Cultivation of opium poppies increased, and in February 2004 the then US Assistant Secretary for International Narcotics, Robert Charles, told a Congressional hearing that “Opium is a source of literally billions of dollars to extremist and criminal groups . . . cutting down the opium supply is central to establishing a secure and stable democracy, as well as winning the global war on terrorism.”  It seemed that Washington was resolved to “eradicate the [opium poppy] crop in the ground, when it is most vulnerable” while creating “a centrally-directed, standing poppy eradication force” because “there is a need to deal with the drugs that flow over Afghanistan’s borders to world markets.”

But nothing happened, other than that the US spent eight billion dollars on counter-narcotics programs that produced absolutely no results.

In 2007 the European Parliament and the Senlis Council proposed pilot projects to license villages to grow poppy legally, as done in India, Thailand and Turkey, with the objective of transforming the product into medicinal morphine for legal sale on the world market.

The scheme would have required a great deal of work by dedicated experts and, of course, the full cooperation of the military forces of the US-NATO “Coalition” which were trying to enforce stability in the country but achieving little other than growing resentment, militancy and deaths.  As the Economist reported at the time, “since January [2007] almost 6,000 people have been killed, a 50% increase on last year. They included 200 NATO soldiers and more than 3,000 alleged Taliban. Insurgent violence is up by 20% on 2006.”

The situation in Afghanistan has deteriorated even further and is verging on the anarchic. The country is  terminally corrupt, with the warlords (including, amazingly, Vice President Dostum) gaining ever more power.  The Taliban and other insurrectionists control vast areas of the country and the government’s armed forces would collapse were it not for massive US airstrikes and clandestine operations by the thousands of US troops engaged in operation Freedom’s Sentinel, about which there is little reporting in the western media unless, as happened on November 2,  the deaths of two US soldiers could not be concealed.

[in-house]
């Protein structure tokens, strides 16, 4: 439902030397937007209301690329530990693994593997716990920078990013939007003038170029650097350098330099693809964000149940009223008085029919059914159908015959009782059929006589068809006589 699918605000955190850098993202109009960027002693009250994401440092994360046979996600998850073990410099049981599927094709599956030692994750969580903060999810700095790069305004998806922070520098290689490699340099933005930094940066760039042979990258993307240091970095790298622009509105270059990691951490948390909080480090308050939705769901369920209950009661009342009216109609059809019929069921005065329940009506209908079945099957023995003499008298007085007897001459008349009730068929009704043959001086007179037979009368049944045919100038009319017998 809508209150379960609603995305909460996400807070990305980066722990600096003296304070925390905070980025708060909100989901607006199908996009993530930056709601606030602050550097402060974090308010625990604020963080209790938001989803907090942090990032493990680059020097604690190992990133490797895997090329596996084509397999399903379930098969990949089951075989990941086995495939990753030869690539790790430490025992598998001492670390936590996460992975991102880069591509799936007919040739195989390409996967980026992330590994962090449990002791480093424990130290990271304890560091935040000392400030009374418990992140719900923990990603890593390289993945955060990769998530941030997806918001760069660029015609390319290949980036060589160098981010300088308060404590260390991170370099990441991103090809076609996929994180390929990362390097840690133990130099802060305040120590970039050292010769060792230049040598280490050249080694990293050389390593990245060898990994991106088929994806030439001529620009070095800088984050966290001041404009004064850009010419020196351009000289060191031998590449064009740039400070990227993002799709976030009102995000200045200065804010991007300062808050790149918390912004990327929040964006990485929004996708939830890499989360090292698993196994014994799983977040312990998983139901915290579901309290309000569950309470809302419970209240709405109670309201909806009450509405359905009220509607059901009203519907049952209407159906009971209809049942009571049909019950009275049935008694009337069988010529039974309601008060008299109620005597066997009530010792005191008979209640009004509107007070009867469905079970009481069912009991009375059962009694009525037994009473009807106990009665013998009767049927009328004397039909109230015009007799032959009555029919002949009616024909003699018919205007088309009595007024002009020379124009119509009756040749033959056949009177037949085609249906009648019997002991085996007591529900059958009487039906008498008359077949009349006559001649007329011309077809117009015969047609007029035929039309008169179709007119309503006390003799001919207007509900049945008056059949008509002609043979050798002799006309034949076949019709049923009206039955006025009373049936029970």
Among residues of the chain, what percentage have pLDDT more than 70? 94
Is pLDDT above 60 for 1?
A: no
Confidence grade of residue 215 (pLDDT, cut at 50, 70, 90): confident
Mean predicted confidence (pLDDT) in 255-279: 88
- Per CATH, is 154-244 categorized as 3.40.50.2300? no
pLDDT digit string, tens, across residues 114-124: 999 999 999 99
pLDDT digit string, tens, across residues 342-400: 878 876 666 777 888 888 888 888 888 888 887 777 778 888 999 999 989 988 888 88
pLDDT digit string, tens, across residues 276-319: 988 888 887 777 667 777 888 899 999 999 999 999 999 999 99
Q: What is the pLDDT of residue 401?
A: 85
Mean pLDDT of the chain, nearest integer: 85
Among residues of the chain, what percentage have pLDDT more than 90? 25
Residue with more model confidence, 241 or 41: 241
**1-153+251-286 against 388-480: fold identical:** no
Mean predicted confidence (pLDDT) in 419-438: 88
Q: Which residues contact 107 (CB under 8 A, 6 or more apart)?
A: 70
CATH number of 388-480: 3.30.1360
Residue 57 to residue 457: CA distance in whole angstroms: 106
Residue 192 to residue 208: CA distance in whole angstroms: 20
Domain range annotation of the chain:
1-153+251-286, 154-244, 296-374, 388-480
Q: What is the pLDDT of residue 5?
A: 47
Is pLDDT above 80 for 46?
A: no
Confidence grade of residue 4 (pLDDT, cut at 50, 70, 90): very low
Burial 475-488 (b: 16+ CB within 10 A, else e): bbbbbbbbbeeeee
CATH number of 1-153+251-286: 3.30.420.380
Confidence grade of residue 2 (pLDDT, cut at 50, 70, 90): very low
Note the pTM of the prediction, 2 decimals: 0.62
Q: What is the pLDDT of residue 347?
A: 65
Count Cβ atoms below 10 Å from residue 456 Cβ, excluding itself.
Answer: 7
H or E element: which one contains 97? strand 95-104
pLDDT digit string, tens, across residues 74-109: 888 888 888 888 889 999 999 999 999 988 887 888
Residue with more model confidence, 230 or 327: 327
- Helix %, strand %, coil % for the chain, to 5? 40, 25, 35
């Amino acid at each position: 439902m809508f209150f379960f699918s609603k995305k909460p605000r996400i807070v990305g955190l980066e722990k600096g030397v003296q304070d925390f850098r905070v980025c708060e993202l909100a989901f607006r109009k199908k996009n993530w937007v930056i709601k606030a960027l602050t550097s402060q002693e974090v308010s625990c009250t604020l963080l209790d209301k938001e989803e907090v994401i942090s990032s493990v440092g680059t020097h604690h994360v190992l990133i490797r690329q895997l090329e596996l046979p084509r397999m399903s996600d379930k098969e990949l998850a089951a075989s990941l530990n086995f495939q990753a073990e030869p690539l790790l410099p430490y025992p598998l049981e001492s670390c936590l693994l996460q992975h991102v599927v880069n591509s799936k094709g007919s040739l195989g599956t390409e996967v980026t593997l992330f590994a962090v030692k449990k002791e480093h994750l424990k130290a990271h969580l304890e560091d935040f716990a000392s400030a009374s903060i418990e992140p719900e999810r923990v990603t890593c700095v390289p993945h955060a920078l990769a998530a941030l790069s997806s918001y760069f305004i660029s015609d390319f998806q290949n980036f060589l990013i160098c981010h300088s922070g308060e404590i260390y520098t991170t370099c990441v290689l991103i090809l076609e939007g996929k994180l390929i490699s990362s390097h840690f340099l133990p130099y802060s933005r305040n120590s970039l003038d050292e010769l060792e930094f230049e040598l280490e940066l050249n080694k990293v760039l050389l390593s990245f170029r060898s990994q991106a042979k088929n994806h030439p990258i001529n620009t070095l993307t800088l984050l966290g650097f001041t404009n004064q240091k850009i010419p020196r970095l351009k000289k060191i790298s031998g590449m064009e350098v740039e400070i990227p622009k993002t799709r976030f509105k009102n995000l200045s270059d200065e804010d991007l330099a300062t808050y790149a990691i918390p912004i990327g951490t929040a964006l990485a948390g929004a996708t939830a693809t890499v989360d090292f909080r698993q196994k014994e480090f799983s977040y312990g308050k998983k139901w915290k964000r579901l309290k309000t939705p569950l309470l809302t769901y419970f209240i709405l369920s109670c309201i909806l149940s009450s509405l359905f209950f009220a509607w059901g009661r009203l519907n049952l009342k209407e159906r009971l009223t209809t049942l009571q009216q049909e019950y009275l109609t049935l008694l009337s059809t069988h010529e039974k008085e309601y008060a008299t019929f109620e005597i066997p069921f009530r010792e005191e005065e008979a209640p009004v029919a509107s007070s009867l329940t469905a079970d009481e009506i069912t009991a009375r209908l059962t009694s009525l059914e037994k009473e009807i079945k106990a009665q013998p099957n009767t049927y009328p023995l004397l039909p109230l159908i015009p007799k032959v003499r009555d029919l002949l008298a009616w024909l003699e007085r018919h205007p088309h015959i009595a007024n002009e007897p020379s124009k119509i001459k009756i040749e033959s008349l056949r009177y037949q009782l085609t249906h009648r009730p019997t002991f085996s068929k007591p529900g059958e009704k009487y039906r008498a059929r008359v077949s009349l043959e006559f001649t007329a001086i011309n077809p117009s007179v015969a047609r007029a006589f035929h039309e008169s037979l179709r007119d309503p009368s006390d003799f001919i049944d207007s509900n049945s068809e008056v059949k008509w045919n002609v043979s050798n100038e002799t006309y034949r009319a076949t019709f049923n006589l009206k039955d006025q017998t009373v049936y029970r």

During that operation US airstrikes killed many civilians, but this was ignored by Defense Secretary Ashton Carter who stated that he “was deeply saddened to learn overnight that we suffered casualties in Afghanistan,” noting as an after thought that “some of our Afghan partners also died.”

The Afghan spokesman said that 30 civilians had been killed, and Deutsche Welle reported Taza Gul, a 55-year-old laborer as saying “I am heartbroken. I have lost seven members of my family. I want to know, why these innocent children were killed? Were they Taliban? No, they were innocent children.” The Washington Post noted that “NATO officials had not confirmed or commented on the reported deaths of the civilians” while “photographs published on the Internet showed the bodies of small children crumpled on a blanket and being carried in a cart by weeping adults. Angry relatives of the victims attempted to parade their bodies through the city in a protest caravan to the provincial governor’s residence, but they were stopped by security forces.”

The United States invaded Afghanistan fifteen years ago, and the armies of its NATO allies formally joined it in 2003.  In all their time in the country they have been unable to control the production of drugs, to discourage corruption, or to quell violence.  Indeed, drug production, corruption and savage barbarity have surged to their highest ever peaks.

Libya was also reduced to chaos by the US-NATO blitz of 2011, yet Secretary General Stoltenberg rejoices that “we have doubled the size of the NATO Response Force, making it more ready and more capable, and established a high readiness Joint Task Force, able to move within a matter of days. We have increased our presence in the east, with more planes in the air, more ships at sea and more boots on the ground. We have established six new headquarters in our eastern Allies, with two more on the way.”

But maybe President Trump will see things differently.  There’s nothing he can do about Afghanistan except to withdraw the US military presence, but he can prevent wider conflict by getting out of NATO.  As he noted, it’s obsolete — but it’s also extremely dangerous.

 

More articles by:

Brian Cloughley writes about foreign policy and military affairs. He lives in Voutenay sur Cure, France.